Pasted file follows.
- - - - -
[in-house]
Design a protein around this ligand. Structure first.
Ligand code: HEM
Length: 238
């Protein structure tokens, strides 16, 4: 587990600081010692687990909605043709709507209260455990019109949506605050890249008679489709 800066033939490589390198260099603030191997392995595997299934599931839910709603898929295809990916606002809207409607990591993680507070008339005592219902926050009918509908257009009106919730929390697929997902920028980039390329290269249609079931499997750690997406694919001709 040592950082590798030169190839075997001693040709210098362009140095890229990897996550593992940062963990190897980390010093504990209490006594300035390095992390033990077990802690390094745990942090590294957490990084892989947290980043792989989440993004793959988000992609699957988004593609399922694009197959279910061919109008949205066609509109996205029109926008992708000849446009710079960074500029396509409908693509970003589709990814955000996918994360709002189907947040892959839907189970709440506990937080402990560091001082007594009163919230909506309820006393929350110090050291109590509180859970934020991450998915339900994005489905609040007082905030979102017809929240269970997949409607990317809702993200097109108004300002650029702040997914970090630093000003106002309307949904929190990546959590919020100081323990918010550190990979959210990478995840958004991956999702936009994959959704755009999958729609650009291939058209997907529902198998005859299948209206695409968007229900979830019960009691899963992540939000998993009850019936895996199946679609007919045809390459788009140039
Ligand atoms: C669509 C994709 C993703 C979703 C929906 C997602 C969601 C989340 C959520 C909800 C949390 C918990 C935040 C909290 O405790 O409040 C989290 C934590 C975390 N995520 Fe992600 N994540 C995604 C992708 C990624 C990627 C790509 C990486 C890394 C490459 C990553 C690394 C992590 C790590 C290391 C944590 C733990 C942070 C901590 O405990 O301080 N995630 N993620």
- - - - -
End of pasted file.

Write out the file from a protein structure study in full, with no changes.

[in-house]
Design a protein around this ligand. Structure first.
Ligand code: HEM
Length: 238
């Protein structure tokens, strides 16, 4: 587990600081010692687990909605043709709507209260455990019109949506605050890249008679489709 800066033939490589390198260099603030191997392995595997299934599931839910709603898929295809990916606002809207409607990591993680507070008339005592219902926050009918509908257009009106919730929390697929997902920028980039390329290269249609079931499997750690997406694919001709 040592950082590798030169190839075997001693040709210098362009140095890229990897996550593992940062963990190897980390010093504990209490006594300035390095992390033990077990802690390094745990942090590294957490990084892989947290980043792989989440993004793959988000992609699957988004593609399922694009197959279910061919109008949205066609509109996205029109926008992708000849446009710079960074500029396509409908693509970003589709990814955000996918994360709002189907947040892959839907189970709440506990937080402990560091001082007594009163919230909506309820006393929350110090050291109590509180859970934020991450998915339900994005489905609040007082905030979102017809929240269970997949409607990317809702993200097109108004300002650029702040997914970090630093000003106002309307949904929190990546959590919020100081323990918010550190990979959210990478995840958004991956999702936009994959959704755009999958729609650009291939058209997907529902198998005859299948209206695409968007229900979830019960009691899963992540939000998993009850019936895996199946679609007919045809390459788009140039
Ligand atoms: C669509 C994709 C993703 C979703 C929906 C997602 C969601 C989340 C959520 C909800 C949390 C918990 C935040 C909290 O405790 O409040 C989290 C934590 C975390 N995520 Fe992600 N994540 C995604 C992708 C990624 C990627 C790509 C990486 C890394 C490459 C990553 C690394 C992590 C790590 C290391 C944590 C733990 C942070 C901590 O405990 O301080 N995630 N993620």